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Wanted: America's Next Great CEO

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Today, Tim Cook takes the stage for the first time as the CEO of Apple to unveil the newest iPhone.

In recent years, Apple keynotes have become events of huge cultural significance. Millions of people tuned in online and tens of millions heard the announcement within hours of it being made. This was due largely to the captivating presentation style and leadership of Steve Jobs, and today the same curiosity factor will surround Tim Cook as people size up how he does in his old boss's role.

Today, an Apple keynote event is not unlike what a State of the Union Address was in the past -- a chance for millions to hang on the words of one person, closely scrutinizing every word. And this reflects a fundamental shift -- a shift to business, and away from politics, as the place where true leadership and greatness is still possible.

Regardless of what you think of their politics (or them, personally), some leaders throughout history have had an "insanely great" capacity to rally a population behind a shared vision. Ronald Reagan and FDR are the presidents who come to mind. When Reagan passed away in 2004, people bemoaned the fact that another like him would not come along any time soon.

I disagree. There are probably many Americans living today with the same leadership ability and inspirational skills as Reagan. But they're less and less likely to be in politics.

Exhibit A was Steve Jobs, who changed the world with his vision of ubiquitous computing. And for the introverts out there, Bill Gates stands out as your patron saint -- the awkward nerd who put a computer on every desk and is now devoting billions to fighting disease in Africa. In terms of their historical significance, their contributions rival that of any president.

When Reagan was elected in 1980, it made sense that politics would be the venue for talented leaders to ply their trade. That's when government mattered -- perhaps too much so. Government was a much larger share of the economy, and dictated the fortunes of everything else. And that was increasingly a problem -- a problem Reagan (who grew up under FDR and gravitated towards politics later in life) was elected to solve.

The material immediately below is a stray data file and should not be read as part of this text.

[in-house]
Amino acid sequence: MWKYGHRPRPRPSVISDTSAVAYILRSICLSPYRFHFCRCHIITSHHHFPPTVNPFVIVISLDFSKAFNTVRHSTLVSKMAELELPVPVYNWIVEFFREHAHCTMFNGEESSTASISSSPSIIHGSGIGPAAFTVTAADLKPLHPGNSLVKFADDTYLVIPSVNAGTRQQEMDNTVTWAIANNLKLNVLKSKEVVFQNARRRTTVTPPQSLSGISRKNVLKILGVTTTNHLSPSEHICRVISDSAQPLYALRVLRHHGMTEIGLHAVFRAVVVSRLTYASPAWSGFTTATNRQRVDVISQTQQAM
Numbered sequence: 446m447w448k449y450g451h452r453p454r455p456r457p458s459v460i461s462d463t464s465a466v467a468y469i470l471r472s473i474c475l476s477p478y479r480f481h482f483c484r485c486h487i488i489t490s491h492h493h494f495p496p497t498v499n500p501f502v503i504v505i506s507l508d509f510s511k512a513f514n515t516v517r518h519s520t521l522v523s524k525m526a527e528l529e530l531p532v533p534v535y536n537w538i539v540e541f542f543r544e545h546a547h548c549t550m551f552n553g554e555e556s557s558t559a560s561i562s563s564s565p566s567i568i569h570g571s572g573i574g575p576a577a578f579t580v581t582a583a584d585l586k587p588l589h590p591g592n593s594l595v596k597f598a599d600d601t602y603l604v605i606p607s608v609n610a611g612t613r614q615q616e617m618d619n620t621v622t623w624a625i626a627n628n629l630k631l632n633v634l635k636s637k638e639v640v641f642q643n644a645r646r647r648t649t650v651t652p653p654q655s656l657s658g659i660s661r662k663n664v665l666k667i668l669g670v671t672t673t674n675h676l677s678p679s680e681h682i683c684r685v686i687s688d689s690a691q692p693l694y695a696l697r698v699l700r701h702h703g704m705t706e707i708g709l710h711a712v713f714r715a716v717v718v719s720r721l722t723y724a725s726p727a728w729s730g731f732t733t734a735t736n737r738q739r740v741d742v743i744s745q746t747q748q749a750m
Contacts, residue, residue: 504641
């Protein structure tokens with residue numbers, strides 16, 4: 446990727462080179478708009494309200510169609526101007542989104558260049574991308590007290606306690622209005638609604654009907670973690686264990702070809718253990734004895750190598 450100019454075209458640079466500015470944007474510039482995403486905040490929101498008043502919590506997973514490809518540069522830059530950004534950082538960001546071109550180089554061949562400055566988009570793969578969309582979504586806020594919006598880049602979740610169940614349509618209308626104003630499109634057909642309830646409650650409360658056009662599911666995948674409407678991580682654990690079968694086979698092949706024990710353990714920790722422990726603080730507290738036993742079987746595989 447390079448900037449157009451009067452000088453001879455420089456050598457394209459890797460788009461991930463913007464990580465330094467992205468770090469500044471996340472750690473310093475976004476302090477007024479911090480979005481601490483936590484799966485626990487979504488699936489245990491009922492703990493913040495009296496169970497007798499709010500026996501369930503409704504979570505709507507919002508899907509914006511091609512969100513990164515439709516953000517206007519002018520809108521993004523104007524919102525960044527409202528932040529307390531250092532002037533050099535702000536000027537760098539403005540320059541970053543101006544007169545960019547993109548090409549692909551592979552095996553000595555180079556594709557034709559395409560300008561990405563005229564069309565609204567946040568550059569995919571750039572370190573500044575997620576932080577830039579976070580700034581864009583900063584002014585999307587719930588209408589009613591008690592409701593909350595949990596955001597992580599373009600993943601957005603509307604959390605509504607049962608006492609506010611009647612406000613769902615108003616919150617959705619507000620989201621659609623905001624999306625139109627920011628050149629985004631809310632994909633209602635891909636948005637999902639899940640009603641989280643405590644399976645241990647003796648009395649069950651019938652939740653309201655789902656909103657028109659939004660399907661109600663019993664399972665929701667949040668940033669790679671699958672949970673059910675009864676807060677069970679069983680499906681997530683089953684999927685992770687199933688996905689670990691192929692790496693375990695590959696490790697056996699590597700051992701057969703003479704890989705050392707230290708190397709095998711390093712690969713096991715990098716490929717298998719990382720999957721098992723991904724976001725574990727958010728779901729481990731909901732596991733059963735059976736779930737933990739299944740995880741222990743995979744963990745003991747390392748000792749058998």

Recently, business has been the venue where both real progress -- and real problems -- have been most likely to arise. Business has been the place where great leaders can make their mark -- and poor ones can really mess things up. The housing bubble and financial crisis had titanic effects on the entire economy. And with economic prospects perhaps dimming, more and more Americans see quality of life gains coming in smaller packages, most of them delivered by business: a new iPhone, a Netflix subscription, the chipper service on a Southwest flight, a caffeine hit from Starbucks. Some might call this simple consumerism that's always been with us, but businesses have lately made a point of positioning themselves as quasi-public, cultural beings, talking of themselves as custodians of a larger purpose, rather than profit-maximizing enterprises.

Contrast this to politics, where leadership has been less and less likely to make any difference at all, especially on the national level. Some might chalk this up to partisanship and gridlock, but it's also due to the fact that the range of options available to policymakers just isn't that interesting anymore. Now, we mostly tinker around the edges -- debating a top tax rate of 35 or 39 percent. If the banks need a bailout, they are automatically given one. Presidents like John F. Kennedy and Ronald Reagan effected massive changes in the tax rate, and massive changes in America's Cold War posture. Despite the rhetoric, change like that does not seem possible in politics anymore, so natural leaders gravitate to where it is possible, in business, or in social good.

Though the possibility of change within politics has diminished, the need for it has not. Quite the opposite: We need a game-changing shift like the one we got in 1980, or to use a liberal counter-example, 1932. The economy is in a permanent jobless recovery and an entitlement crisis looms. That's where the need for larger-than-life leadership comes in, and it's what Barack Obama seemed destined to provide in 2008. In reality though, Obama is not a natural executive, his eloquence masking a professorial, detached, and perhaps overly conciliatory style that is not conducive to getting things done.

Steve Jobs, perhaps the most naturally gifted leader since Reagan, taught us that leadership is about pursuing a singular vision with brutal honesty and ruthless determination. The product of that will be seen once again on stage in Cupertino today, where the company that recently topped the cash-on-hand total of the U.S. government has plans for even bigger things: a spaceship-like headquarters bigger than the Pentagon.